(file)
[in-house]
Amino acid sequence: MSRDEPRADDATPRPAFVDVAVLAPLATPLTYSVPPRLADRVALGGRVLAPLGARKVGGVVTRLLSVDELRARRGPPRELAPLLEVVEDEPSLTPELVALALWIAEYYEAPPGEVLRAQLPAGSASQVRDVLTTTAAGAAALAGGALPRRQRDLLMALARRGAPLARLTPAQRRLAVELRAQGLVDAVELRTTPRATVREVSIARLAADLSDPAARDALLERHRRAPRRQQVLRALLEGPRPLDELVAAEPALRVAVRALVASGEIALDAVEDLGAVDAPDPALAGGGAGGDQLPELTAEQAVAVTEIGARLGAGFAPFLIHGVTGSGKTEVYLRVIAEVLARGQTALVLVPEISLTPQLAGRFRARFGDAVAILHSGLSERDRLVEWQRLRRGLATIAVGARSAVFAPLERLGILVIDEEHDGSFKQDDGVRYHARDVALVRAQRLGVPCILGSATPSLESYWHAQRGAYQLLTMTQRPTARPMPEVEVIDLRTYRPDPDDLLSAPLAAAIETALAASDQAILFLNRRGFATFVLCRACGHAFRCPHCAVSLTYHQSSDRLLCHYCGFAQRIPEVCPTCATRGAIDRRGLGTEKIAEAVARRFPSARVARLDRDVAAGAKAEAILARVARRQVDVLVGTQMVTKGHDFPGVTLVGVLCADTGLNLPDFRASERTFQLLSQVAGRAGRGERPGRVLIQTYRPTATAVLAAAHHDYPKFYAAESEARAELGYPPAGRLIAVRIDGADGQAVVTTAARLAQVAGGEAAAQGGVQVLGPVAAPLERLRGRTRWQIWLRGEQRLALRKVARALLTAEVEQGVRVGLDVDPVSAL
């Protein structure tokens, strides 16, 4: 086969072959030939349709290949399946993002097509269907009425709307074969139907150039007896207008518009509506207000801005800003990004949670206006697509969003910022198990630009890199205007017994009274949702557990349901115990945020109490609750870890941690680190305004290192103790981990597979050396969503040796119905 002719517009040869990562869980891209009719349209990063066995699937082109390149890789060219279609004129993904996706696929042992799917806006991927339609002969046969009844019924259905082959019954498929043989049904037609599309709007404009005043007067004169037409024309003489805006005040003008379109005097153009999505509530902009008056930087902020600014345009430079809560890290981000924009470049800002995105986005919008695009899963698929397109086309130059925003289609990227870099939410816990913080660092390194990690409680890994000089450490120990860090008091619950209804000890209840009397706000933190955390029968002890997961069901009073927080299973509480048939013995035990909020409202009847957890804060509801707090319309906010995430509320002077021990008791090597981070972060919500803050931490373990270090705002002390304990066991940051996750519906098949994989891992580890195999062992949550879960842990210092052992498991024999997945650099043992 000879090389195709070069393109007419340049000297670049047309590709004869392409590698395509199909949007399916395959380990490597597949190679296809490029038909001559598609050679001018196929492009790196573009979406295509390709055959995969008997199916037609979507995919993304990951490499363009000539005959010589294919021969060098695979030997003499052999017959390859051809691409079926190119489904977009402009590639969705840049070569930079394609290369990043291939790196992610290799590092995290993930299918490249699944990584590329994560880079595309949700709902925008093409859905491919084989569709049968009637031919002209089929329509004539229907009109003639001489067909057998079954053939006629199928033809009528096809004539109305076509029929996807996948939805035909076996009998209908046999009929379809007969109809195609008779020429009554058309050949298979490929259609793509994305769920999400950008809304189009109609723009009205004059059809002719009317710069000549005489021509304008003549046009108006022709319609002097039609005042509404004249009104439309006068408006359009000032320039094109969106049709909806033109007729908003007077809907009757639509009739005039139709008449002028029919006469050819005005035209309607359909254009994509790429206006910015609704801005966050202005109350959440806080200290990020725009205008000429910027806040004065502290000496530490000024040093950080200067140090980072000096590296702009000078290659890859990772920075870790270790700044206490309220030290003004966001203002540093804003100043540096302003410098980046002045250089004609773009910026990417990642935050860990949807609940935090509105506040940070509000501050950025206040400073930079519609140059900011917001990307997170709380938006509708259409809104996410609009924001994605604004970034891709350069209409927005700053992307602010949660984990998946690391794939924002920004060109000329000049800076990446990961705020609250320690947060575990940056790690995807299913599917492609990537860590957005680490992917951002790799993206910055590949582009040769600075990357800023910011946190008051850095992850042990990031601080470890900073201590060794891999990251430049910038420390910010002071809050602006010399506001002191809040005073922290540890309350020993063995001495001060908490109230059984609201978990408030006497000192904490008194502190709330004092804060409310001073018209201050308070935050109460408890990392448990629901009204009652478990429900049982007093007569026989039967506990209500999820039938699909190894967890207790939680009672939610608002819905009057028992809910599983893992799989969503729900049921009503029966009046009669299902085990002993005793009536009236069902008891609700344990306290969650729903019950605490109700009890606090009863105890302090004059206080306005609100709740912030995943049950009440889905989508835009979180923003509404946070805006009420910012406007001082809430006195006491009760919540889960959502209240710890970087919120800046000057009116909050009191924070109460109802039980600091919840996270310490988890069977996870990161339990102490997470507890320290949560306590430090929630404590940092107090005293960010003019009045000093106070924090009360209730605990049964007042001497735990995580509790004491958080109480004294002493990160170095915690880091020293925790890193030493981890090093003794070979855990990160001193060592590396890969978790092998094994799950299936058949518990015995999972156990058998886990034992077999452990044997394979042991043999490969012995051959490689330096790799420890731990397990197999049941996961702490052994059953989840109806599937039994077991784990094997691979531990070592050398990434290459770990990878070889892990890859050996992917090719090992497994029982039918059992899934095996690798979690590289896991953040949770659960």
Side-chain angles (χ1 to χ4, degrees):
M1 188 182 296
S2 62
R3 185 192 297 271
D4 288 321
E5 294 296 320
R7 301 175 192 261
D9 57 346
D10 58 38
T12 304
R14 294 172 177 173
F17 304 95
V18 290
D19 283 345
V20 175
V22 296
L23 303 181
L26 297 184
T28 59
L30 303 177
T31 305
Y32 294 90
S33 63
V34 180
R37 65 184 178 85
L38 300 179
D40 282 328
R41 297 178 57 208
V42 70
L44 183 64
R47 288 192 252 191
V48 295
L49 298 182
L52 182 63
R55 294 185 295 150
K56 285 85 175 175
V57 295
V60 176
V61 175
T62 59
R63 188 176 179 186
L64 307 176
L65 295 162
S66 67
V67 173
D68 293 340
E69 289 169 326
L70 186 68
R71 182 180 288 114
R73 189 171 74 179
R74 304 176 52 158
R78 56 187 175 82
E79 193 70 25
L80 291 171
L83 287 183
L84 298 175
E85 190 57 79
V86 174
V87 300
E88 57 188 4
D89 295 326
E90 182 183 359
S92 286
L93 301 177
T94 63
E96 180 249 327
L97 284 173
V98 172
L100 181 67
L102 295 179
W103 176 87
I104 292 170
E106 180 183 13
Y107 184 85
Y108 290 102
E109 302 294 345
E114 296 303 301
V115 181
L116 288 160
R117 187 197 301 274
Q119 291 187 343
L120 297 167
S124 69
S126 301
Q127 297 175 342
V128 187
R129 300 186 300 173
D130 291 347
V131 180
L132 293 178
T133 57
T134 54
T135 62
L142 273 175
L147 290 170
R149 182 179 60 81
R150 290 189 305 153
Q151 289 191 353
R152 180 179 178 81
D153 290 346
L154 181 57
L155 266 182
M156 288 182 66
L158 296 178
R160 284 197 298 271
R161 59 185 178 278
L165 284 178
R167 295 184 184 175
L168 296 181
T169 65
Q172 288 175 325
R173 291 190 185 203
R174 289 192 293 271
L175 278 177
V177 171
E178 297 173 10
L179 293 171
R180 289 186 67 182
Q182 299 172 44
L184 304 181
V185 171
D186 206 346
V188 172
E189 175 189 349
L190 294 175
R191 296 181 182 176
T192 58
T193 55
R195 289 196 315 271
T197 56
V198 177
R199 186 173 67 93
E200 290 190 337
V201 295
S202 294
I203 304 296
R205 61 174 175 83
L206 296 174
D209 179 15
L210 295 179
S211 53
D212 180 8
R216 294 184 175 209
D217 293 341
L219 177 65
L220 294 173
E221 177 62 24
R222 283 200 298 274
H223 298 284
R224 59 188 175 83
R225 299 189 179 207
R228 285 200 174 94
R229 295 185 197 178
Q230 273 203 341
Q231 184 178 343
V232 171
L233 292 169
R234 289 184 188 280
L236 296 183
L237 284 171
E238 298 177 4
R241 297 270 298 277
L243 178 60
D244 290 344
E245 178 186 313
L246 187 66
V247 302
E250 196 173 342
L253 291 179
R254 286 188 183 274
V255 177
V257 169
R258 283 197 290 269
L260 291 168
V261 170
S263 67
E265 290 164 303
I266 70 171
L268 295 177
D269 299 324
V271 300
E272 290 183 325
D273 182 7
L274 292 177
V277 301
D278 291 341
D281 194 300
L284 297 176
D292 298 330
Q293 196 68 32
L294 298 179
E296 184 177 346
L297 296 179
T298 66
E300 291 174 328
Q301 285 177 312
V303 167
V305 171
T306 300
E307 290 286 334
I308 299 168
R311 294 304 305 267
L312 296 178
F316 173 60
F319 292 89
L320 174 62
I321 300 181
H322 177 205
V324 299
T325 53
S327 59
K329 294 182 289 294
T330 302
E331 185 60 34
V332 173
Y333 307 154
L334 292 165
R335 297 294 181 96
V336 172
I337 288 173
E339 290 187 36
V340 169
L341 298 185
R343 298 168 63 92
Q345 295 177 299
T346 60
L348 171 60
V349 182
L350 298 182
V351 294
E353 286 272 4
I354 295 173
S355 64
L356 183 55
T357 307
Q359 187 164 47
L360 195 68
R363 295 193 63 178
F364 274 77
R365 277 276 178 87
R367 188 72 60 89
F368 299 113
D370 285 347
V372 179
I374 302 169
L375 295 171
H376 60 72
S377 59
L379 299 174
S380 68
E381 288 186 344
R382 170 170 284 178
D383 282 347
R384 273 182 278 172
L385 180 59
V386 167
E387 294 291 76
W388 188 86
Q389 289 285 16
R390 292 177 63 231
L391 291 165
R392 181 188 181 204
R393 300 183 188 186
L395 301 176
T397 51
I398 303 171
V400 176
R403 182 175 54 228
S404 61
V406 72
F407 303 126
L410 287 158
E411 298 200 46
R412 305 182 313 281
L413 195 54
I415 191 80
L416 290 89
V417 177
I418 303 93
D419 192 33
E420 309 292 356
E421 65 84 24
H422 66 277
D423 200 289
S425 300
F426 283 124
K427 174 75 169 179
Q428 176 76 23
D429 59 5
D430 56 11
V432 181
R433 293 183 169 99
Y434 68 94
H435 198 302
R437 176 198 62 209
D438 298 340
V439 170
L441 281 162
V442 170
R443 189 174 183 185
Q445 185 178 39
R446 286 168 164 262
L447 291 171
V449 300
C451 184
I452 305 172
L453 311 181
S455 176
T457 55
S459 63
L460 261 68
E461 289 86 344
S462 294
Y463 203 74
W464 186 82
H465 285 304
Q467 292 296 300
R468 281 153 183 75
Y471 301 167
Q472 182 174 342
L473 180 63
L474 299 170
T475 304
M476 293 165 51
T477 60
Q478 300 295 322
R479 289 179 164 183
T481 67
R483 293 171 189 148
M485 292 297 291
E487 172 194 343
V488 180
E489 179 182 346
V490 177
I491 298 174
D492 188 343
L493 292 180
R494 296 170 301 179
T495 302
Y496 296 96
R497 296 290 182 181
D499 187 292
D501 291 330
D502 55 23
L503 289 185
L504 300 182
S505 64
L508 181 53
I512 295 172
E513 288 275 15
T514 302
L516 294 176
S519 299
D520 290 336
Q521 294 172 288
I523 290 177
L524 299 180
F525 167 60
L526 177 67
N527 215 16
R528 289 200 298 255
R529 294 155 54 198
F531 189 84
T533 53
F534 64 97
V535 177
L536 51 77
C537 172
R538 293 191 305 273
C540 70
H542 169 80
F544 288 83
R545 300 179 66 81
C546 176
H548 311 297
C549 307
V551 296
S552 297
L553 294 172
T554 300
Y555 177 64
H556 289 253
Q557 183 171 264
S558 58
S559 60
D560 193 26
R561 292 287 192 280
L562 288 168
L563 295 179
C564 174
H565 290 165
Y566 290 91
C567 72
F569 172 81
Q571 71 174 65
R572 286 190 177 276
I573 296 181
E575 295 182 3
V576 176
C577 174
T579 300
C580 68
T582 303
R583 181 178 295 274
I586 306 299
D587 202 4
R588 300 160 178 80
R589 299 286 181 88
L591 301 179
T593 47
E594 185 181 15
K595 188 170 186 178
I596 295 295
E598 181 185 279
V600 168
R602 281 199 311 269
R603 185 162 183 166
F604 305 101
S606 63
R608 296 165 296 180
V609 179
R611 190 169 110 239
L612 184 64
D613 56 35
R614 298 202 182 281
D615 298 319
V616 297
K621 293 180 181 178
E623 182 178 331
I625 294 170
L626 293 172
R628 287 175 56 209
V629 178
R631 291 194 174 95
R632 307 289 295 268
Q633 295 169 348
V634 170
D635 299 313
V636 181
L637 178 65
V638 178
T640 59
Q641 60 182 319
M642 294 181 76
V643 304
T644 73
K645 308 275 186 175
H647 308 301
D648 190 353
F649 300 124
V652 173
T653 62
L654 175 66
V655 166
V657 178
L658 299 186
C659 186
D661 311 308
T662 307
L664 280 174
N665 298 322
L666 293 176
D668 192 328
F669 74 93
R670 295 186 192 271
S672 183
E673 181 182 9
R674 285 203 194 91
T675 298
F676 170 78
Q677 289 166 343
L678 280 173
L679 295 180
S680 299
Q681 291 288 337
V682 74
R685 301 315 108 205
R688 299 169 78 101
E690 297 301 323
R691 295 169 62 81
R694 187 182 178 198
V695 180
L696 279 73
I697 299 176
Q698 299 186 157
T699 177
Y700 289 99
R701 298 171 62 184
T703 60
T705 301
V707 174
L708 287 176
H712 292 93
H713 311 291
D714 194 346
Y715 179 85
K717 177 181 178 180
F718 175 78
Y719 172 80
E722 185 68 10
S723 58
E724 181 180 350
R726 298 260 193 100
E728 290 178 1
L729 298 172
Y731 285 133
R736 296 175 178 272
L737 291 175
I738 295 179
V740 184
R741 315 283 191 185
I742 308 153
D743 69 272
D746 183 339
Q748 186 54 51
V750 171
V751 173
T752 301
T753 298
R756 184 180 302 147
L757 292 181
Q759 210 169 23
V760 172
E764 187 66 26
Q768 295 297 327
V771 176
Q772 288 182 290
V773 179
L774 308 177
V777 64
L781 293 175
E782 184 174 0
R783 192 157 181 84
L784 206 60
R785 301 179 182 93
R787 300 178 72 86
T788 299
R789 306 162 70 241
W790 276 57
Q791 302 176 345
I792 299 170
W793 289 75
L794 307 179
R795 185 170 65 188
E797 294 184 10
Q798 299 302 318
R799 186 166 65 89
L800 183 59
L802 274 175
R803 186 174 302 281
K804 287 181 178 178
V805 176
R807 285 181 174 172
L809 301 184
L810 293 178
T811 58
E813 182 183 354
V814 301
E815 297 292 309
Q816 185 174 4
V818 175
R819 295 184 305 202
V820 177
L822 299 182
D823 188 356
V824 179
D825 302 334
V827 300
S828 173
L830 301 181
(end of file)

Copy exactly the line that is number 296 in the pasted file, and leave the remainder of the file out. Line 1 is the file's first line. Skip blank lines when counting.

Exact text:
Y434 68 94